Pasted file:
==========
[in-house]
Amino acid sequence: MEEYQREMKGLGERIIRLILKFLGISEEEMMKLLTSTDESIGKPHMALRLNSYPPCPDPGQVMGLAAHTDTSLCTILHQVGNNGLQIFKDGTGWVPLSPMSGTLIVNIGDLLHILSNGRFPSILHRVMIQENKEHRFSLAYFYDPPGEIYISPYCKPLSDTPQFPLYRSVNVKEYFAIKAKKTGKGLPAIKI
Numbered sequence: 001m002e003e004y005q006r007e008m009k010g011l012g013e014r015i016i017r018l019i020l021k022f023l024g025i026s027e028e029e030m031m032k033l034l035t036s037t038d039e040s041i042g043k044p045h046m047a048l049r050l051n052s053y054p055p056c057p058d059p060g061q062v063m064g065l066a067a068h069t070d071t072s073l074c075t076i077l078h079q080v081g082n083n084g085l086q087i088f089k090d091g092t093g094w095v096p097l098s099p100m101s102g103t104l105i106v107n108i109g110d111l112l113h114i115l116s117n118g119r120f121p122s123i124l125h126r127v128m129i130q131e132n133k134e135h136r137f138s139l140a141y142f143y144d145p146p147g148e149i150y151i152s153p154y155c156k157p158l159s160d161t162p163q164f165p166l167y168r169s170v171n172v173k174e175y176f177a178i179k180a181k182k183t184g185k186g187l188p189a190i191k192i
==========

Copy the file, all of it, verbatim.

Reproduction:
[in-house]
Amino acid sequence: MEEYQREMKGLGERIIRLILKFLGISEEEMMKLLTSTDESIGKPHMALRLNSYPPCPDPGQVMGLAAHTDTSLCTILHQVGNNGLQIFKDGTGWVPLSPMSGTLIVNIGDLLHILSNGRFPSILHRVMIQENKEHRFSLAYFYDPPGEIYISPYCKPLSDTPQFPLYRSVNVKEYFAIKAKKTGKGLPAIKI
Numbered sequence: 001m002e003e004y005q006r007e008m009k010g011l012g013e014r015i016i017r018l019i020l021k022f023l024g025i026s027e028e029e030m031m032k033l034l035t036s037t038d039e040s041i042g043k044p045h046m047a048l049r050l051n052s053y054p055p056c057p058d059p060g061q062v063m064g065l066a067a068h069t070d071t072s073l074c075t076i077l078h079q080v081g082n083n084g085l086q087i088f089k090d091g092t093g094w095v096p097l098s099p100m101s102g103t104l105i106v107n108i109g110d111l112l113h114i115l116s117n118g119r120f121p122s123i124l125h126r127v128m129i130q131e132n133k134e135h136r137f138s139l140a141y142f143y144d145p146p147g148e149i150y151i152s153p154y155c156k157p158l159s160d161t162p163q164f165p166l167y168r169s170v171n172v173k174e175y176f177a178i179k180a181k182k183t184g185k186g187l188p189a190i191k192i